Sizzling Dissolve Shader

Sizzling Dissolve shader

The important node for achieving this effect is the ‘Smoothstep’ node. It will output 1 when the input ‘In’ is between the range of a min and max value (name as ‘Edge1’ and ‘Edge2’ on the node) and 0 when the input value is outside that range.

Let’s begin by setting a constant value of 1 using a ‘Float’ node. Next, let’s subtract this value with 0.5 and 0.53 values and assign these new values to the Edge1 and Edge2 inputs of the ‘Smoothstep’ node. After that, we can sample a noise texture and use the blue channel (or any other channel of your choice) as input ‘In’ for the ‘Smoothstep’ node.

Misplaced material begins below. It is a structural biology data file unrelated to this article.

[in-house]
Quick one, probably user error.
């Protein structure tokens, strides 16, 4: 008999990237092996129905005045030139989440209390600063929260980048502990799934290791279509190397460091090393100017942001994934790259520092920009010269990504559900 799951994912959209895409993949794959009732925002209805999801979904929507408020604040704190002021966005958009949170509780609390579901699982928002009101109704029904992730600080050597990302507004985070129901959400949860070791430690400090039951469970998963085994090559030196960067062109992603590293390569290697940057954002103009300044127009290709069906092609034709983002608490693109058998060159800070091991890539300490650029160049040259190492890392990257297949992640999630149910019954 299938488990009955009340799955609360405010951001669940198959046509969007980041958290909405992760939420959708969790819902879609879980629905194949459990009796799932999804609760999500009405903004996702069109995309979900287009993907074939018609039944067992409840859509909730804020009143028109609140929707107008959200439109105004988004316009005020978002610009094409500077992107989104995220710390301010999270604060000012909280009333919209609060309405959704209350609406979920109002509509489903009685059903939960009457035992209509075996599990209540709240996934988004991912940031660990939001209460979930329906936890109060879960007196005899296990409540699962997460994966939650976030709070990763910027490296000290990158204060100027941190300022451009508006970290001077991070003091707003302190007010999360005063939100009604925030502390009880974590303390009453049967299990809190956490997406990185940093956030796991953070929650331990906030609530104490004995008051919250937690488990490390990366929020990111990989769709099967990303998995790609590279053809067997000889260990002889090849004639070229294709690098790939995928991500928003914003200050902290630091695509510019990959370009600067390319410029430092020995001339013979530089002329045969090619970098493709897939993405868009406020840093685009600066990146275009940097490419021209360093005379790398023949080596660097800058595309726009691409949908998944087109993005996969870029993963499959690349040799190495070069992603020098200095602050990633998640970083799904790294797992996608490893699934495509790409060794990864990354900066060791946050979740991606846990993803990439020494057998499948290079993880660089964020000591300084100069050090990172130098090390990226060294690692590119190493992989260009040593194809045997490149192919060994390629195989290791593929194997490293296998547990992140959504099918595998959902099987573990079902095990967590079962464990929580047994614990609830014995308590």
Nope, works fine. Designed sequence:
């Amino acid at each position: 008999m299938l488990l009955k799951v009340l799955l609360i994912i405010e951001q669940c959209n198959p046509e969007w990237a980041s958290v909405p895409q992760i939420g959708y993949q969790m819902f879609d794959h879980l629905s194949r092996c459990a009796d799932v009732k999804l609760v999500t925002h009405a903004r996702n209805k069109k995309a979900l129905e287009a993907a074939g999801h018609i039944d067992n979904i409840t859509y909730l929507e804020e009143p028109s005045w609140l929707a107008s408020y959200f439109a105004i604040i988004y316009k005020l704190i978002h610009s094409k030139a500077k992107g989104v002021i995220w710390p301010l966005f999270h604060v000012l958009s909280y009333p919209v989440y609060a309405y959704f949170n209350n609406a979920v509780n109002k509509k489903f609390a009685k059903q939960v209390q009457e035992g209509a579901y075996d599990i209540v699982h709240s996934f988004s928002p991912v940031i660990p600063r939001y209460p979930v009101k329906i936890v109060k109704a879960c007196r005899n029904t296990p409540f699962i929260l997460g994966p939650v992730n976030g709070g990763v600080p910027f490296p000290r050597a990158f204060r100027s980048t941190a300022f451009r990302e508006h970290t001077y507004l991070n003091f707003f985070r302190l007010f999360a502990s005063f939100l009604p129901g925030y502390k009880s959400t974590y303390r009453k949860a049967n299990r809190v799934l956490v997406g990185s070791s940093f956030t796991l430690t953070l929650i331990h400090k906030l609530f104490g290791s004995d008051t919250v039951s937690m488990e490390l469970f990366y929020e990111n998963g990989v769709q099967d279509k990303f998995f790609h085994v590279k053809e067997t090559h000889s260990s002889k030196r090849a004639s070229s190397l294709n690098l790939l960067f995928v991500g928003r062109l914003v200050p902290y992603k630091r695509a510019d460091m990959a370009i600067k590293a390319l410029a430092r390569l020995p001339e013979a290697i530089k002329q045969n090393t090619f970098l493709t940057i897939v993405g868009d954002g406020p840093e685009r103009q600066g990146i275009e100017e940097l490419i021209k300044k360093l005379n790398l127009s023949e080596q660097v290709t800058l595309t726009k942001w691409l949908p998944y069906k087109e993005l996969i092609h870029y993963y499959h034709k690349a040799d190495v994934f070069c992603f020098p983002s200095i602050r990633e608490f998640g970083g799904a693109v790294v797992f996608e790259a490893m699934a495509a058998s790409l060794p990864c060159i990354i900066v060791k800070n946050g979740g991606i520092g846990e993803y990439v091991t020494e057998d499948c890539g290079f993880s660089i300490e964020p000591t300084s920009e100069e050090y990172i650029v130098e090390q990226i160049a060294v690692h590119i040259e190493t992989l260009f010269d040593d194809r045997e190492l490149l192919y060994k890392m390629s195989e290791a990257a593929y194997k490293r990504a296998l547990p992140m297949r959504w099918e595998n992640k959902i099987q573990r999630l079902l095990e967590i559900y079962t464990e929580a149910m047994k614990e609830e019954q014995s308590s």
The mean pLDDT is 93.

As you can see, the Smoothstep node has made everything between 0.5 and 0.47 range to black and everything outside that range to white.

Let’s replace the constant ‘Float’ node with a ‘Time’ node to make the Min and Max range dynamic and animate our final output. Since we want the animation to be sinusoidal / oscillating, we’ll use the ‘Sine Time’ value. To reduce the strength of the sine wave, we’ll multiply it by 0.5, and then add 1 to make the sine wave range between 1 and 2.

Now you will see animated smoothstep output.

Let’s create a new smoothstep setup with a range shifted by 0.03 to achieve narrow-edged noise lines. The new range should be between 0.5 and 0.53.

Now subtract both smoothstep values to get the desired effect.

To make an object appear visible only in the white areas and invisible in the black areas, we can use a technique called ‘Alpha Clipping’. This technique involves rendering the object only when the alpha value is greater than 0. To achieve this, we need to assign the output to the ‘Alpha’ input of the ‘Fragment’ shader.

Make sure to enable the ‘Alpha Clipping’ flag in the ‘Grapph Inspector’.